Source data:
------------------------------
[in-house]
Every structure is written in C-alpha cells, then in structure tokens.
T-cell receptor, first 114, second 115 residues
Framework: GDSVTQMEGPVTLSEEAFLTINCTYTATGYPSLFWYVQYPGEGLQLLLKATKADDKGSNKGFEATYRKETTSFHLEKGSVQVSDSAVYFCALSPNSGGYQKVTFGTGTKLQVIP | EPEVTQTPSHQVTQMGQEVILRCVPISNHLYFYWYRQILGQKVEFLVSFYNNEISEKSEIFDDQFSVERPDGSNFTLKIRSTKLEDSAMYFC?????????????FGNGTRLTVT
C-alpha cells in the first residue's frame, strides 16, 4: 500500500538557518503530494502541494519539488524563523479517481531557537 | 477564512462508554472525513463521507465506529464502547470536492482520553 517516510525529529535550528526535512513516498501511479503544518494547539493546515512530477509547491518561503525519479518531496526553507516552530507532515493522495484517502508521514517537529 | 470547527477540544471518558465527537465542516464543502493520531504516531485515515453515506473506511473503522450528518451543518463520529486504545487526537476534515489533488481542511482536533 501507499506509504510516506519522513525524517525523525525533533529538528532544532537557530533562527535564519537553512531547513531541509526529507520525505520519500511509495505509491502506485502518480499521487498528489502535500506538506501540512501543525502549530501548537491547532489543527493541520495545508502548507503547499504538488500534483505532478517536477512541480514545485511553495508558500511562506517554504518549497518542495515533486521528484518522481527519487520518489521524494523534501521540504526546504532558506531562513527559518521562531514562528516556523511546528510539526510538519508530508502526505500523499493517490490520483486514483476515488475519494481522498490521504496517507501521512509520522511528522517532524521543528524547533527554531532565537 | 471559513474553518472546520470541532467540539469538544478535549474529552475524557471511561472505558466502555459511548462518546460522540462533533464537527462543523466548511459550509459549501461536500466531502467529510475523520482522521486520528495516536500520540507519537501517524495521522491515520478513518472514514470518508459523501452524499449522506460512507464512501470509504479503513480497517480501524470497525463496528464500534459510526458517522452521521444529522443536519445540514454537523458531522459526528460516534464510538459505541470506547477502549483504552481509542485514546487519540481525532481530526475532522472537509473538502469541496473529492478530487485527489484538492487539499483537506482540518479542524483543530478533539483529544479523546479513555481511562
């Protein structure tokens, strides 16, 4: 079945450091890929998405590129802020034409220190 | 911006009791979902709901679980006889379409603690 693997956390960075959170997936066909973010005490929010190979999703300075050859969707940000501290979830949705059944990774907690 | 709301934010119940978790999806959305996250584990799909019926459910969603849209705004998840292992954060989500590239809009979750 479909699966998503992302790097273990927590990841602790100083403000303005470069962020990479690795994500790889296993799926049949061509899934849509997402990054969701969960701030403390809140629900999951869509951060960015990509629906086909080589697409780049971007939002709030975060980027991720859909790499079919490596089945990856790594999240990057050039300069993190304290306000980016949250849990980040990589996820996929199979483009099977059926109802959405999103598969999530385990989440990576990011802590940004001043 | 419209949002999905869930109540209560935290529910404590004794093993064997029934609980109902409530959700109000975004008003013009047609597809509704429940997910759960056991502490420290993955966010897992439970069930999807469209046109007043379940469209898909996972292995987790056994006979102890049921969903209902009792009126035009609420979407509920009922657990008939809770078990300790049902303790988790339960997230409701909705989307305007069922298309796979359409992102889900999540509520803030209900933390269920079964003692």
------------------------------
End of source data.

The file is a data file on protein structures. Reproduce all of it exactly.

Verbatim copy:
[in-house]
Every structure is written in C-alpha cells, then in structure tokens.
T-cell receptor, first 114, second 115 residues
Framework: GDSVTQMEGPVTLSEEAFLTINCTYTATGYPSLFWYVQYPGEGLQLLLKATKADDKGSNKGFEATYRKETTSFHLEKGSVQVSDSAVYFCALSPNSGGYQKVTFGTGTKLQVIP | EPEVTQTPSHQVTQMGQEVILRCVPISNHLYFYWYRQILGQKVEFLVSFYNNEISEKSEIFDDQFSVERPDGSNFTLKIRSTKLEDSAMYFC?????????????FGNGTRLTVT
C-alpha cells in the first residue's frame, strides 16, 4: 500500500538557518503530494502541494519539488524563523479517481531557537 | 477564512462508554472525513463521507465506529464502547470536492482520553 517516510525529529535550528526535512513516498501511479503544518494547539493546515512530477509547491518561503525519479518531496526553507516552530507532515493522495484517502508521514517537529 | 470547527477540544471518558465527537465542516464543502493520531504516531485515515453515506473506511473503522450528518451543518463520529486504545487526537476534515489533488481542511482536533 501507499506509504510516506519522513525524517525523525525533533529538528532544532537557530533562527535564519537553512531547513531541509526529507520525505520519500511509495505509491502506485502518480499521487498528489502535500506538506501540512501543525502549530501548537491547532489543527493541520495545508502548507503547499504538488500534483505532478517536477512541480514545485511553495508558500511562506517554504518549497518542495515533486521528484518522481527519487520518489521524494523534501521540504526546504532558506531562513527559518521562531514562528516556523511546528510539526510538519508530508502526505500523499493517490490520483486514483476515488475519494481522498490521504496517507501521512509520522511528522517532524521543528524547533527554531532565537 | 471559513474553518472546520470541532467540539469538544478535549474529552475524557471511561472505558466502555459511548462518546460522540462533533464537527462543523466548511459550509459549501461536500466531502467529510475523520482522521486520528495516536500520540507519537501517524495521522491515520478513518472514514470518508459523501452524499449522506460512507464512501470509504479503513480497517480501524470497525463496528464500534459510526458517522452521521444529522443536519445540514454537523458531522459526528460516534464510538459505541470506547477502549483504552481509542485514546487519540481525532481530526475532522472537509473538502469541496473529492478530487485527489484538492487539499483537506482540518479542524483543530478533539483529544479523546479513555481511562
């Protein structure tokens, strides 16, 4: 079945450091890929998405590129802020034409220190 | 911006009791979902709901679980006889379409603690 693997956390960075959170997936066909973010005490929010190979999703300075050859969707940000501290979830949705059944990774907690 | 709301934010119940978790999806959305996250584990799909019926459910969603849209705004998840292992954060989500590239809009979750 479909699966998503992302790097273990927590990841602790100083403000303005470069962020990479690795994500790889296993799926049949061509899934849509997402990054969701969960701030403390809140629900999951869509951060960015990509629906086909080589697409780049971007939002709030975060980027991720859909790499079919490596089945990856790594999240990057050039300069993190304290306000980016949250849990980040990589996820996929199979483009099977059926109802959405999103598969999530385990989440990576990011802590940004001043 | 419209949002999905869930109540209560935290529910404590004794093993064997029934609980109902409530959700109000975004008003013009047609597809509704429940997910759960056991502490420290993955966010897992439970069930999807469209046109007043379940469209898909996972292995987790056994006979102890049921969903209902009792009126035009609420979407509920009922657990008939809770078990300790049902303790988790339960997230409701909705989307305007069922298309796979359409992102889900999540509520803030209900933390269920079964003692």